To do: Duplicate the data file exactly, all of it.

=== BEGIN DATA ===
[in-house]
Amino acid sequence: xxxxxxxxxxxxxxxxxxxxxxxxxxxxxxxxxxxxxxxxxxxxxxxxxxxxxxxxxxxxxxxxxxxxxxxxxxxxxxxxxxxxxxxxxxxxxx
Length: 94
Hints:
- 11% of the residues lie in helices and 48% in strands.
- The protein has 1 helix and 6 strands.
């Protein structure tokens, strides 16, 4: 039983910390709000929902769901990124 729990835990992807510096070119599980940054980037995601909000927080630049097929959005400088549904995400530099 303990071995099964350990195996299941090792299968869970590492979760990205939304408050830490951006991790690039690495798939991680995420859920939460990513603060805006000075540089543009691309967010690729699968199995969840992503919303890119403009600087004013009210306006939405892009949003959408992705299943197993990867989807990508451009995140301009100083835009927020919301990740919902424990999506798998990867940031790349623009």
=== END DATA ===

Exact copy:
[in-house]
Amino acid sequence: xxxxxxxxxxxxxxxxxxxxxxxxxxxxxxxxxxxxxxxxxxxxxxxxxxxxxxxxxxxxxxxxxxxxxxxxxxxxxxxxxxxxxxxxxxxxxx
Length: 94
Hints:
- 11% of the residues lie in helices and 48% in strands.
- The protein has 1 helix and 6 strands.
């Protein structure tokens, strides 16, 4: 039983910390709000929902769901990124 729990835990992807510096070119599980940054980037995601909000927080630049097929959005400088549904995400530099 303990071995099964350990195996299941090792299968869970590492979760990205939304408050830490951006991790690039690495798939991680995420859920939460990513603060805006000075540089543009691309967010690729699968199995969840992503919303890119403009600087004013009210306006939405892009949003959408992705299943197993990867989807990508451009995140301009100083835009927020919301990740919902424990999506798998990867940031790349623009």